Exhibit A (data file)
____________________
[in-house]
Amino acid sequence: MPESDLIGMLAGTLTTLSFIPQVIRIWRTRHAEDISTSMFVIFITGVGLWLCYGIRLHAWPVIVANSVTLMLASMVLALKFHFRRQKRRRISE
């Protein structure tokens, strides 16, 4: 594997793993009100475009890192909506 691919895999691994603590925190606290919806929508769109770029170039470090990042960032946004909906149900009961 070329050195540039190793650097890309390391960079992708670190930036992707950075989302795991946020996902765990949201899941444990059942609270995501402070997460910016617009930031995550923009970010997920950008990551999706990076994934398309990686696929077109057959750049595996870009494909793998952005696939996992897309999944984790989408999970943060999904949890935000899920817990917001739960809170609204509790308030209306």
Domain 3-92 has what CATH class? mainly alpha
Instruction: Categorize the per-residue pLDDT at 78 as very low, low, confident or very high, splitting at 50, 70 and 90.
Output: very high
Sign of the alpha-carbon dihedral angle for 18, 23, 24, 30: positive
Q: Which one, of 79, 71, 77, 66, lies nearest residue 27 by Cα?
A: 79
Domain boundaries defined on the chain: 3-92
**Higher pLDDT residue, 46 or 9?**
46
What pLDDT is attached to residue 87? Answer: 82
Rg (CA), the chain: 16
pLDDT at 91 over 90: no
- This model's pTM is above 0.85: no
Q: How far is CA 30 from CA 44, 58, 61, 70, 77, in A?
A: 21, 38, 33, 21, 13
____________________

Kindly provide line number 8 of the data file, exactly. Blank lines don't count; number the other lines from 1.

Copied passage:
Q: Which one, of 79, 71, 77, 66, lies nearest residue 27 by Cα?